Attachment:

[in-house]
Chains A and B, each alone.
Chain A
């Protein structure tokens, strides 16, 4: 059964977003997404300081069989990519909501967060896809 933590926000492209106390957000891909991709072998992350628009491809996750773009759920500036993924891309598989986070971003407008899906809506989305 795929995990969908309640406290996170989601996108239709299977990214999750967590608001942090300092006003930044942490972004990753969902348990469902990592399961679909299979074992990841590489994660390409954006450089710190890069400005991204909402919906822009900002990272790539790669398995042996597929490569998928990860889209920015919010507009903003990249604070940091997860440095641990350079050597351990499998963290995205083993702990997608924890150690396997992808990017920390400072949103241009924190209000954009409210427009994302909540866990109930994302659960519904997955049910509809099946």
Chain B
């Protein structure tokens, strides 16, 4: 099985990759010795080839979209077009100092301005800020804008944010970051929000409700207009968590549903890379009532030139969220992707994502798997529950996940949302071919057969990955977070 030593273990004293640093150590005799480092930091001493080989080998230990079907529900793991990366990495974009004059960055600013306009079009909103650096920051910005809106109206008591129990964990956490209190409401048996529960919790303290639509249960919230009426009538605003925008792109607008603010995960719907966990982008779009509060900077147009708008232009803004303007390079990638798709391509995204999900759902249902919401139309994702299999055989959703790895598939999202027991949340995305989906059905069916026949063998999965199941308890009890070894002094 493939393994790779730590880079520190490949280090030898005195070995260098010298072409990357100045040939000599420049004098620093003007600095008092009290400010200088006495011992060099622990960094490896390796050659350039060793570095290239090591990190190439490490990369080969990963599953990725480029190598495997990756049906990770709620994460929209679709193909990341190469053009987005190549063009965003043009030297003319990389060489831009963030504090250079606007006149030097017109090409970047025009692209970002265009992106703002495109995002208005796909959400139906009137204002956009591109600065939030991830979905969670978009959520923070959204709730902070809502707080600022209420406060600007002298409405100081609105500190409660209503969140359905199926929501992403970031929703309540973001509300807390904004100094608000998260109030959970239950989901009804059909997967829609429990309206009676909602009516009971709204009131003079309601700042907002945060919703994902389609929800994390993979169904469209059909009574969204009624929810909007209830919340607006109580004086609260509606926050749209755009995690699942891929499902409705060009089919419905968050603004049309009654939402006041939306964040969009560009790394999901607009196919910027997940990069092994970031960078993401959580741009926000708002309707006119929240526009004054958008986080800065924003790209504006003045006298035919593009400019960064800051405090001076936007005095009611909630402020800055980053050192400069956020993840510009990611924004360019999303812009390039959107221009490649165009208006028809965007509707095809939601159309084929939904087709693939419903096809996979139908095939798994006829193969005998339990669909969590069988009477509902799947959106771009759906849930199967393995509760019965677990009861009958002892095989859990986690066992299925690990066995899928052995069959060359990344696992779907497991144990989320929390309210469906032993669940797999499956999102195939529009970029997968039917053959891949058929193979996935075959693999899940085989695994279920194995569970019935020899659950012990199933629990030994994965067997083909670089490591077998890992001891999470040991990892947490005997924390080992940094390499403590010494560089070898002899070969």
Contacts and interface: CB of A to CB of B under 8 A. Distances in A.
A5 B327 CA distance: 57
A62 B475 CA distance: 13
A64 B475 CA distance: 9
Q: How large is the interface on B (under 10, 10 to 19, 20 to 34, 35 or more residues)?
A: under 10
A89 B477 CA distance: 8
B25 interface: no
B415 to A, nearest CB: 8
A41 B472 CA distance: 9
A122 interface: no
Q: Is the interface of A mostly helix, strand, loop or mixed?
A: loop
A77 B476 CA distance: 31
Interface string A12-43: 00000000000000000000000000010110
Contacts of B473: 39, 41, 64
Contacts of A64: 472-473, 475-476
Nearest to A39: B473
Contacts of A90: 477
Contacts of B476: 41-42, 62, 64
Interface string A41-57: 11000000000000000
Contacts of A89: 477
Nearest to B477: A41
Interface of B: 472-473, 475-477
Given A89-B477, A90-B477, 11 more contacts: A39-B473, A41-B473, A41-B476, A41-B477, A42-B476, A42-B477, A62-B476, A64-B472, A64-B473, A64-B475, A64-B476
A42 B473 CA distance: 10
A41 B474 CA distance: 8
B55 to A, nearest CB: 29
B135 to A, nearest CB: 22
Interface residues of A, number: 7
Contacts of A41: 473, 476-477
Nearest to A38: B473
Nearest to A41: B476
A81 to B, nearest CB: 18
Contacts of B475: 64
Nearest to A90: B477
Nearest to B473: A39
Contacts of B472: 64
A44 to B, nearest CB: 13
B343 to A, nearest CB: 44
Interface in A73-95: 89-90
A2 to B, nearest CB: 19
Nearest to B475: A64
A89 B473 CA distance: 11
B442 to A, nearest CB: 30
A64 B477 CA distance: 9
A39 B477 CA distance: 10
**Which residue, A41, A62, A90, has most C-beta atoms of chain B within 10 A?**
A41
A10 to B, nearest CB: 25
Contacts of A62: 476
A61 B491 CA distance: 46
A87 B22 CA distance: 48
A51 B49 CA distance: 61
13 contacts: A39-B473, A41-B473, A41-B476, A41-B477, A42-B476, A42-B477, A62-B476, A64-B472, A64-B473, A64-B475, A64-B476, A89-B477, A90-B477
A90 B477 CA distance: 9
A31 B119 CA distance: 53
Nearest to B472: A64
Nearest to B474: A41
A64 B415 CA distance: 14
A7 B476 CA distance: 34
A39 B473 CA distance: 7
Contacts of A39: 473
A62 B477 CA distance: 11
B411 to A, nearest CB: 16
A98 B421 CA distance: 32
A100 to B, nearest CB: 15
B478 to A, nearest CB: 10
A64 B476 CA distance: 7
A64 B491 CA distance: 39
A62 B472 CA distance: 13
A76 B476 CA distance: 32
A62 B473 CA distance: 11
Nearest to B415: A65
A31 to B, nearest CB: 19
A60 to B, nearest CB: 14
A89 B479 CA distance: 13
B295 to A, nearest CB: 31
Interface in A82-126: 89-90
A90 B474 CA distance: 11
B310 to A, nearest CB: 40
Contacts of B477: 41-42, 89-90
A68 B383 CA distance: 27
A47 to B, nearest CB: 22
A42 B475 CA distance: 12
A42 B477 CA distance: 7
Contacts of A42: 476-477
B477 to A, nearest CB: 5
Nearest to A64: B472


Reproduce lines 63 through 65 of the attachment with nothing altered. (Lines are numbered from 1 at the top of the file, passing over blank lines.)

A31 B119 CA distance: 53
Nearest to B472: A64
Nearest to B474: A41